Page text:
Elections in Venezuela: When fraud is a habit, it’s the people who suffer
18 years of chavism, a nonexistent transition and four months of struggle have not been enough for Venezuela to show signs of recovery. Last Sunday's regional elections are the last bloc that buried democracy in Venezuela.
Hunger, lack of supplies, poverty and crime are the bread-and-butter of a Venezuela that, after a weak truce, underwent regional elections last Sunday.
The results? A once-again “crushing” chavism, that owned 17 governorships of the 23 existing in the country.
The headlines of the world describe it as "a broad triumph" (BBC), "chavismo won" (El Clarín), "a sharp triumph" (El Nacional), but the question that holds them is the same: What will happen now in Venezuela?
According to data released by the National Electoral Council (CNE), the United Socialist Party of Venezuela (better known as the PSUV, a party that has supported Chavism during the last decade) has surpassed the opposition coalition Mesa de la Unidad Democrática (MUD) by 17 to 5, taking control of the majority of the governorates of the country, which would suppose the legitimacy of the regime of Nicolas Maduro, condemned by the international diplomacy like an established dictatorship.
"It's a clear victory. Chavism swept through the elections," President Nicolás Maduro said within minutes of the results being known.
The 61.14% turnout has been one of the highest recorded in regional elections, according to the BBC.
Hours before the announcement of the CNE, the opposition had a "gigantic victory" that, once again, turned out to be a weak hope. "We do not recognize the results announced by the CNE," said MUD spokesman Gerardo Blyde, who said that the data that the coalition had prior to the CNE's statements did not correspond with the official results.
"They know they are not the majority. The country and the international community also know this," he said, adding at the same time that the opposition would request a full audit of the whole process.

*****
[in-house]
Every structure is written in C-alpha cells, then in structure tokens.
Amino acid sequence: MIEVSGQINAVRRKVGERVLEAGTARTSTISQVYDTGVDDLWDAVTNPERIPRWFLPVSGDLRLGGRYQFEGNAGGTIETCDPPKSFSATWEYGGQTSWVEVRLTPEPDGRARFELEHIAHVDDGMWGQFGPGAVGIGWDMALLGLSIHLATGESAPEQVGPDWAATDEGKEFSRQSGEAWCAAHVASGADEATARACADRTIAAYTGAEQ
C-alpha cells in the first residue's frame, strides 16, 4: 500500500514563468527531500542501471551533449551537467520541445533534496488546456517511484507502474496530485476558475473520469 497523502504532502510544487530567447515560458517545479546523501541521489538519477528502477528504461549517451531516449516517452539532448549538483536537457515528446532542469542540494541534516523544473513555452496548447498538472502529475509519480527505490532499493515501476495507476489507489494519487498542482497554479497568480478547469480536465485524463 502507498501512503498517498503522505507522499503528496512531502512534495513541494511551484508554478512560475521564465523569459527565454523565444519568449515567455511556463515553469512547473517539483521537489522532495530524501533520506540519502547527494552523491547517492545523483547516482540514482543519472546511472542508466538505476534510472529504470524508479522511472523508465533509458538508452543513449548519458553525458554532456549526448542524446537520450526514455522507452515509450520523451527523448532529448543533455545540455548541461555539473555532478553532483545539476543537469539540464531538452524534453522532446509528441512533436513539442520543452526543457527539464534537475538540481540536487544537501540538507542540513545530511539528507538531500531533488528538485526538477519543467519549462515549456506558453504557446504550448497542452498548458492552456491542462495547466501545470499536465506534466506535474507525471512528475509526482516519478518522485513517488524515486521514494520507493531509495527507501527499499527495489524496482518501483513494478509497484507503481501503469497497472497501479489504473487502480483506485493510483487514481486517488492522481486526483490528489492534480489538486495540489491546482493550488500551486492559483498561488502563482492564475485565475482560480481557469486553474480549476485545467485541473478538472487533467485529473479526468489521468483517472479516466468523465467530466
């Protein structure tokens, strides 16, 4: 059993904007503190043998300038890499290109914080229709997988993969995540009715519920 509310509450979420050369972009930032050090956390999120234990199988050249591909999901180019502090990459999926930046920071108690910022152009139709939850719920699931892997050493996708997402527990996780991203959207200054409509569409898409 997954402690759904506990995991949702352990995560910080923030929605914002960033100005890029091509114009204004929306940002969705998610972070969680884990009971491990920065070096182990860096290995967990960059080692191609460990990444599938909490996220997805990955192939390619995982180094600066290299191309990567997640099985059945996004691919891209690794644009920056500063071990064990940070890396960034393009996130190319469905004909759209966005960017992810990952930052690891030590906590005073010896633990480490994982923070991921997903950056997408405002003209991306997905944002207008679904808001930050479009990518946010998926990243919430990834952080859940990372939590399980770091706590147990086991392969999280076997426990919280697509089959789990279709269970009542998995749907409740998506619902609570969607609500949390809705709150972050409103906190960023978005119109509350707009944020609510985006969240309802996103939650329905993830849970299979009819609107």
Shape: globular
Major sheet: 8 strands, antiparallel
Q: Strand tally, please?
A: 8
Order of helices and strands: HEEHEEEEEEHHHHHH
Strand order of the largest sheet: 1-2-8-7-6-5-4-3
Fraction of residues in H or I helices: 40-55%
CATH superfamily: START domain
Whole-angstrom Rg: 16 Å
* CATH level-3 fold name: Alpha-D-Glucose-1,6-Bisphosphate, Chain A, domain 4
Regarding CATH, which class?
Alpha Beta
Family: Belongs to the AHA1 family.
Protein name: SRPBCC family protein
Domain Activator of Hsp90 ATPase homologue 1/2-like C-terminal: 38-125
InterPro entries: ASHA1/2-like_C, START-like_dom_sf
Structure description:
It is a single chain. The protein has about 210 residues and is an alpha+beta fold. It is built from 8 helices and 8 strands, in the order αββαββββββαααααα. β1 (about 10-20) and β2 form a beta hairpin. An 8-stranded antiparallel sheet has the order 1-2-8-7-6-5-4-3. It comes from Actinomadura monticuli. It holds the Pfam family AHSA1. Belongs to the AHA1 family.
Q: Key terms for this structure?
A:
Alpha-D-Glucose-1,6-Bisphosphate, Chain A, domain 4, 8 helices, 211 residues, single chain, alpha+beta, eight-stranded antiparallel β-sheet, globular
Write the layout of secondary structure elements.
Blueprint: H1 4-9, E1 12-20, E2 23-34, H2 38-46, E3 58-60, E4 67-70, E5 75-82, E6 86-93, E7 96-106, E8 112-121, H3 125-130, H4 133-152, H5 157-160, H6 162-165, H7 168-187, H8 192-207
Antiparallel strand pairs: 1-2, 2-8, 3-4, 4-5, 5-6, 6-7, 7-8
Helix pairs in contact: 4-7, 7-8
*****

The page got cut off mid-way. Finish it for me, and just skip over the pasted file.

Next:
"Neither Venezuela nor the world believe the story they threw us out," said the spokesman, echoing the lack of legitimacy that the Venezuelan electoral body has, especially after the fraud declared in the July 30 elections, where one National Constituent Assembly was "elected" with 8,089,320 votes.
"We are in a very serious moment for the country, before an electoral system that does not generate confidence and that is considered to be transparent only by a few," continued Blyde.
According to El Clarín, the MUD's arguments for not knowing the results would be based on several "violations of the law committed during the process," including the closure of several polling centers, candidate replacement and relocation of 274 polling stations, which "affected more than 700,000 citizens."
The director of Datanálisis (Venezuelan market research consultant), Luis vicente León, assured this, according to Infobae.
"The result presented by the CNE is the worst scenario for the country, for the opposition and, paradoxically, for Chavism," he said, explaining nine reasons:
- The chances of the results being recognized by the opposition, the international community and the Venezuelan people are very low.
- The channel of dialogue and political negotiation between the government and the opposition is broken.
- The opposition radical wing will be strengthened, which will increase the fight in the streets.
- The position of the international community vis-à-vis the government will harden, thereby increasing the risk of sanctions.
- Conflict risks reduce foreign investment in the country.
- Internal consolidation becomes almost impossible.
- The outlook for economic bailouts is blacked out, demeaning the nation's worst isolation.
- Government policy to be radicalized
- And the isolation of this radicalization - with its deterioration and "primitiveness" - will not favor the exit of the government.
Also, according to the BBC, León anticipates that the consequences could be summarized as "a complaint of fraud, a call for a fight other than electoral, the sharpening of sanctions from the United States and also from Europe and the possible negotiations will be affected".
The Venezuelan economic scenario is, perish the thought, much worse now. Only last week the International Monetary Fund (IMF) revised and published its estimates of the country, projecting inflation of 2300% by 2018 (the largest in the world by a large margin) and a fall in Gross Domestic Product of 12% in 2017 and 6% next year.
With 18 years of Chavism, the failure is attributed by Venezuelans to the lack of organization of the opposition and the absence of a sustainable political battle line.